Do I still need a work visa to work in the U.S?
Here is the basis for my question.
We would like to offer our N.A. clients on-site maintenace services instead. ie. My spouse and or I would travel to the U.S. for a minimum of 8 hours to a maximum of 3 days depending upon where the mill is located and we would provide our repair services there. The actual repairs take no more than a few hours to complete.
Applying for a work VISA for a few hours or days of work including travel time and then returning to Canada seems like overkill and a lot of extra paperwork. Especially when a new VISA must be applied for every time we want to go across, which may sometimes be 2-3 times a week.
My question is...What would be the best strategy for us to take to maximize our ability to travel to and work in the U.S as non-immigrants?
Also, in an answer that Lloyd Johnson gave on Mar 06, 04:27 in reference to being asked by someone if they would be able to work in their newly formed US LLC or if they would still need a working visa Lloyd wrote;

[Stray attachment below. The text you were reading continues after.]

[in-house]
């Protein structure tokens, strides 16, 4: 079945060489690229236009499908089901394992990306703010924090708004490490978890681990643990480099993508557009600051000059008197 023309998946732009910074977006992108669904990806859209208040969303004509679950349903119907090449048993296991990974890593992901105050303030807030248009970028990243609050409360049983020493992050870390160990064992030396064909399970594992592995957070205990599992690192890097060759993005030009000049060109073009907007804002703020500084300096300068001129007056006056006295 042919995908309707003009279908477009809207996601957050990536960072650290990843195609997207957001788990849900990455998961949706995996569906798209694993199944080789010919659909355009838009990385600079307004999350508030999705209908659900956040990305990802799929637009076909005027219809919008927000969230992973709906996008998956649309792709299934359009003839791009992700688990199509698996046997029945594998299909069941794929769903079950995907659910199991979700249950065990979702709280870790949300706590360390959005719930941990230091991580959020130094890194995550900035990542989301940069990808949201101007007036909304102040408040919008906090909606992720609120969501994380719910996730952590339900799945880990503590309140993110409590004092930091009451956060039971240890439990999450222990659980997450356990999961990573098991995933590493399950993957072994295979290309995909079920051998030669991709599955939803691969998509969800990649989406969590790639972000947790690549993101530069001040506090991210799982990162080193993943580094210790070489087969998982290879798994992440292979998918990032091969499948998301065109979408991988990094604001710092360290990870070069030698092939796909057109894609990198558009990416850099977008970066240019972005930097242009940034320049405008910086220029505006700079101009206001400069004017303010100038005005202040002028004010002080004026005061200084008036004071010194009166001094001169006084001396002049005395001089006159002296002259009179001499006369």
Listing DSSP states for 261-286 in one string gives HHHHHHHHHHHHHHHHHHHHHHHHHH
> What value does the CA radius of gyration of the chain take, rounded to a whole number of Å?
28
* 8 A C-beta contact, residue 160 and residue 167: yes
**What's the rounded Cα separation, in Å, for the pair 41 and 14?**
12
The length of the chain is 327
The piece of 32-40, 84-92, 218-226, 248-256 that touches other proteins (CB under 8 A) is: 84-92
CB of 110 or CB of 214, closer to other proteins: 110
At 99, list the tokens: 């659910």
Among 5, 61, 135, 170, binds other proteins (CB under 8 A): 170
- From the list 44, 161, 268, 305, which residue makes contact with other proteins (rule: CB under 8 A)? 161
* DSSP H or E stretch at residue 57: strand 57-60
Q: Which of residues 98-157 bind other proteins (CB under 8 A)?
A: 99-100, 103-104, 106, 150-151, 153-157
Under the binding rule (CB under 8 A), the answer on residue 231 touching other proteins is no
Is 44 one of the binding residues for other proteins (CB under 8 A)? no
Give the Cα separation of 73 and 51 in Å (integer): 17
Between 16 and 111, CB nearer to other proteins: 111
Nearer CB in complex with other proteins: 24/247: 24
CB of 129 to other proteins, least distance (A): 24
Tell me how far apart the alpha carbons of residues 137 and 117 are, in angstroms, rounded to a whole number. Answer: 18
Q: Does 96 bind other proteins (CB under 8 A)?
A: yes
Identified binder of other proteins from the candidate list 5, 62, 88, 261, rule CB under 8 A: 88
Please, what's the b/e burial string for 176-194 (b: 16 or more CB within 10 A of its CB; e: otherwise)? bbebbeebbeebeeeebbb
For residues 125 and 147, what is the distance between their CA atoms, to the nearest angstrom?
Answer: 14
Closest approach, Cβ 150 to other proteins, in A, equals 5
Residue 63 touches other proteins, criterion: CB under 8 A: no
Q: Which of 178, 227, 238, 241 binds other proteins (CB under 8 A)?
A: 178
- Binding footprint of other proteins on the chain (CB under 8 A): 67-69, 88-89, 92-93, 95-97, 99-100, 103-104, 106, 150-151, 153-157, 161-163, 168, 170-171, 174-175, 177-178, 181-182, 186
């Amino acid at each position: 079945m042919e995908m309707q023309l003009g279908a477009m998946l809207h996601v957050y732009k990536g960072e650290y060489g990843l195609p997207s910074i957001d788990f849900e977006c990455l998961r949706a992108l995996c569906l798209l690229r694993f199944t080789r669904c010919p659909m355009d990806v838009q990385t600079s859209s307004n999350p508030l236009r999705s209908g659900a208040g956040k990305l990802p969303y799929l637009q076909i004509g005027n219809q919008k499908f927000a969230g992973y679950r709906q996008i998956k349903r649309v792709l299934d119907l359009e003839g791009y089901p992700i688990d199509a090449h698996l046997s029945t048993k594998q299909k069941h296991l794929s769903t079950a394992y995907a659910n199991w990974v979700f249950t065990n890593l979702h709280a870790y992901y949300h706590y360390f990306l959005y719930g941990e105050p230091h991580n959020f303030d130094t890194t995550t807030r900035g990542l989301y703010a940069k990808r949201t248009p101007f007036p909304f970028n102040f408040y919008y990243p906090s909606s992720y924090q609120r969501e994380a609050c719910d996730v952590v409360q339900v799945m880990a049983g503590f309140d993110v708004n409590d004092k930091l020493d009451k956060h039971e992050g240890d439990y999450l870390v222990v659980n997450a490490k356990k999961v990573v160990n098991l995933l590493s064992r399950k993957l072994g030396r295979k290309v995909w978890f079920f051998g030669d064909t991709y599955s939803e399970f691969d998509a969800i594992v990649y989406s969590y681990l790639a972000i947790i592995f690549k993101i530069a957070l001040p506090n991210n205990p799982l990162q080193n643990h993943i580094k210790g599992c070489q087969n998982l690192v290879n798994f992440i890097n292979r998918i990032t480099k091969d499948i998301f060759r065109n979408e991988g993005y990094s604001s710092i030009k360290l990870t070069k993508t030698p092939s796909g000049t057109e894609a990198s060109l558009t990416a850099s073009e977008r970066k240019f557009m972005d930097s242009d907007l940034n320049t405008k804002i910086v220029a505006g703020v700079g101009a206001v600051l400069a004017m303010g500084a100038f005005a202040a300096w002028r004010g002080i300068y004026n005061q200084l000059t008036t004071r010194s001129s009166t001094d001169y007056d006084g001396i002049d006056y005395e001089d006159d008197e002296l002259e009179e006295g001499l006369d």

"... Finally, to your question of working for one of your companies. You need a visa to be "employed" by one of your U.S. companies and receive a salary in the U.S., but nothing should stop you from working for your companies for free and just collecting the profits. "
If this is a workaround between two corporations, could you please explain this to me?
Thanks in advance for all your help!
First of all typically we do not offer legal advise, especially immigration advise which we do not specialize in. However I will give you my thoughts on the matter:
The topic of foreigners working in the US is always a grey area (dark-grey is you ask me), so I would suggest you to consult a US immigration attorney to see if there is a visa type that would allow you some limited business activity in the US (maybe B-1). As far as creating a US LLC and working for it for free - again, it depends on the type of your activity. There is a difference between doing actual work for a client and for example building your own website.
Unfortunately (in your case at least), Canada is across the border, so being a Canadian you are still subject to immigration laws. I know Canadians have some extra ways of getting work permits because of NAFTA, but again - this is one question to ask an immigration attorney.